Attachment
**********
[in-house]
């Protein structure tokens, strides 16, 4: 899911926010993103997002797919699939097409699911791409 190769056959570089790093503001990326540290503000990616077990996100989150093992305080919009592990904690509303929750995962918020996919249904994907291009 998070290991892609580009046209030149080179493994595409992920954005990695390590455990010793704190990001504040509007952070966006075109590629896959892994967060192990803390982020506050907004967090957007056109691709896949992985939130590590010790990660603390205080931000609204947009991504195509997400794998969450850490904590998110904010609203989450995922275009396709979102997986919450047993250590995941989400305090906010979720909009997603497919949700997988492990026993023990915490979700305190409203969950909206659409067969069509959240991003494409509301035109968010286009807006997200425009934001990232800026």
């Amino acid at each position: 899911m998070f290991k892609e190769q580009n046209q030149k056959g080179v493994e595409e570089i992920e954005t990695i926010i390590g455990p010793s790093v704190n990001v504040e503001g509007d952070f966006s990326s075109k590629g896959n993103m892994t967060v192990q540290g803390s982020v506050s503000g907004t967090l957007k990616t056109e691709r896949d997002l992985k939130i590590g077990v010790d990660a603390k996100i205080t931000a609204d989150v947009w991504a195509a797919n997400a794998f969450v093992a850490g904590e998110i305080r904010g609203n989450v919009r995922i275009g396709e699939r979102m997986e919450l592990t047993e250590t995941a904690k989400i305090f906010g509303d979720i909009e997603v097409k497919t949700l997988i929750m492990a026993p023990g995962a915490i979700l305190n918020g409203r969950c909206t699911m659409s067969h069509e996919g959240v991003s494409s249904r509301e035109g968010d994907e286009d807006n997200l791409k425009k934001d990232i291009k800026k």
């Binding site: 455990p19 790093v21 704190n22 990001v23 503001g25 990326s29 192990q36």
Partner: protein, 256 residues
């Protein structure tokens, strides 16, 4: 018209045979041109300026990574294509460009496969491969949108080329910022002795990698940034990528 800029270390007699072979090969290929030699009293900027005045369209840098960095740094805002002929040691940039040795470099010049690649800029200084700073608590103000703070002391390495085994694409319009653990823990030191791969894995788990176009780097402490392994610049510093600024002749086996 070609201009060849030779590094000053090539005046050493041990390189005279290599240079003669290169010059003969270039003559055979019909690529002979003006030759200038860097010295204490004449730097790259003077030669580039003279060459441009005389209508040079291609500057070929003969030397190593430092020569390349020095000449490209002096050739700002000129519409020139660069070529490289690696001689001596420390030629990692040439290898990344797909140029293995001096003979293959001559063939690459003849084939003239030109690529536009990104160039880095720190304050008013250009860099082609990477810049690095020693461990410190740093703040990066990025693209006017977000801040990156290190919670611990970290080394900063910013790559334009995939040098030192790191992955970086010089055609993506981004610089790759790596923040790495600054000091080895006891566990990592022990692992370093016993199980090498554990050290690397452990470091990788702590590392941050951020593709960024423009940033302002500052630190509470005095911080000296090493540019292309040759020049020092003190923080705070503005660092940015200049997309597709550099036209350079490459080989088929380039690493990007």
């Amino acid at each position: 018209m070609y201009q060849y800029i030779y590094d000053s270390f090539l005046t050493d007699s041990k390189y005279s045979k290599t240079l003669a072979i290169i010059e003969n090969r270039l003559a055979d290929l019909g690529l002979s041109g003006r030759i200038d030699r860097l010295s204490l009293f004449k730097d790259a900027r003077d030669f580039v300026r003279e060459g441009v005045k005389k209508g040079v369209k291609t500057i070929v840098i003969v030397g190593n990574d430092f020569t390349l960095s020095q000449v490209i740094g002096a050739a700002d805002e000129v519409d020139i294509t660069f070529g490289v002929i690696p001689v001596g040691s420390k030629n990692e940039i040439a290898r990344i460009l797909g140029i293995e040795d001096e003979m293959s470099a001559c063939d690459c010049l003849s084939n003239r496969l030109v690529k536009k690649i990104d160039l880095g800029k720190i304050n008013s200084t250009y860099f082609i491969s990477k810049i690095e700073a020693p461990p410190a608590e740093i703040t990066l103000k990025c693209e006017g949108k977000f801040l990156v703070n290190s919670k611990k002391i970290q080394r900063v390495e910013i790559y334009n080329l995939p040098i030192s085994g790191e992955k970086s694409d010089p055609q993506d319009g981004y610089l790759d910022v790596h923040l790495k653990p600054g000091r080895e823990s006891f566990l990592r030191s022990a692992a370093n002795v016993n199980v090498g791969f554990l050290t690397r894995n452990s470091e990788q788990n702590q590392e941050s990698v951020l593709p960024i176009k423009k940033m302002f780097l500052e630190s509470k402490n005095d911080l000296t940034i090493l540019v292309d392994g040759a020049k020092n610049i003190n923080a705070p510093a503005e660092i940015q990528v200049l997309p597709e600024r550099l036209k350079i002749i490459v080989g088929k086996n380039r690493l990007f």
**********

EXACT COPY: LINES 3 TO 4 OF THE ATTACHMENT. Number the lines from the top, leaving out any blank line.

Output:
């Amino acid at each position: 899911m998070f290991k892609e190769q580009n046209q030149k056959g080179v493994e595409e570089i992920e954005t990695i926010i390590g455990p010793s790093v704190n990001v504040e503001g509007d952070f966006s990326s075109k590629g896959n993103m892994t967060v192990q540290g803390s982020v506050s503000g907004t967090l957007k990616t056109e691709r896949d997002l992985k939130i590590g077990v010790d990660a603390k996100i205080t931000a609204d989150v947009w991504a195509a797919n997400a794998f969450v093992a850490g904590e998110i305080r904010g609203n989450v919009r995922i275009g396709e699939r979102m997986e919450l592990t047993e250590t995941a904690k989400i305090f906010g509303d979720i909009e997603v097409k497919t949700l997988i929750m492990a026993p023990g995962a915490i979700l305190n918020g409203r969950c909206t699911m659409s067969h069509e996919g959240v991003s494409s249904r509301e035109g968010d994907e286009d807006n997200l791409k425009k934001d990232i291009k800026k």
């Binding site: 455990p19 790093v21 704190n22 990001v23 503001g25 990326s29 192990q36």